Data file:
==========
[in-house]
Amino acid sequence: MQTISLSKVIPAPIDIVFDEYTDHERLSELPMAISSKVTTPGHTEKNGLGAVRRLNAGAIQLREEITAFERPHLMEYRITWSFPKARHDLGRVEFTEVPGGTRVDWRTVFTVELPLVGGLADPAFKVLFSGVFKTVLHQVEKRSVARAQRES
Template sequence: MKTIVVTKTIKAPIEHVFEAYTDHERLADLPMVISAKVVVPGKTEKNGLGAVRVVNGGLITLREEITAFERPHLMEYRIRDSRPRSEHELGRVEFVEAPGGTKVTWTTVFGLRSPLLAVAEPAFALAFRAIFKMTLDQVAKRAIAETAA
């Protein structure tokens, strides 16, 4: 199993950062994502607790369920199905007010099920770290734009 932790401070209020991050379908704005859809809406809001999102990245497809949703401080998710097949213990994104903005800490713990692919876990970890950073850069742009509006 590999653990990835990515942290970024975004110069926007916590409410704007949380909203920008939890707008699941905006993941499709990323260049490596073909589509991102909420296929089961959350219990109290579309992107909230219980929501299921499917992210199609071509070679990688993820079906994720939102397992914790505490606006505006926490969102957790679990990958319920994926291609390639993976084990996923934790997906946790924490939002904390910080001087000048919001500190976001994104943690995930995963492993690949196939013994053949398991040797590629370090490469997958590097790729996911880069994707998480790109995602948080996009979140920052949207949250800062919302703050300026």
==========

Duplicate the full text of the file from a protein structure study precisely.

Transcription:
[in-house]
Amino acid sequence: MQTISLSKVIPAPIDIVFDEYTDHERLSELPMAISSKVTTPGHTEKNGLGAVRRLNAGAIQLREEITAFERPHLMEYRITWSFPKARHDLGRVEFTEVPGGTRVDWRTVFTVELPLVGGLADPAFKVLFSGVFKTVLHQVEKRSVARAQRES
Template sequence: MKTIVVTKTIKAPIEHVFEAYTDHERLADLPMVISAKVVVPGKTEKNGLGAVRVVNGGLITLREEITAFERPHLMEYRIRDSRPRSEHELGRVEFVEAPGGTKVTWTTVFGLRSPLLAVAEPAFALAFRAIFKMTLDQVAKRAIAETAA
């Protein structure tokens, strides 16, 4: 199993950062994502607790369920199905007010099920770290734009 932790401070209020991050379908704005859809809406809001999102990245497809949703401080998710097949213990994104903005800490713990692919876990970890950073850069742009509006 590999653990990835990515942290970024975004110069926007916590409410704007949380909203920008939890707008699941905006993941499709990323260049490596073909589509991102909420296929089961959350219990109290579309992107909230219980929501299921499917992210199609071509070679990688993820079906994720939102397992914790505490606006505006926490969102957790679990990958319920994926291609390639993976084990996923934790997906946790924490939002904390910080001087000048919001500190976001994104943690995930995963492993690949196939013994053949398991040797590629370090490469997958590097790729996911880069994707998480790109995602948080996009979140920052949207949250800062919302703050300026």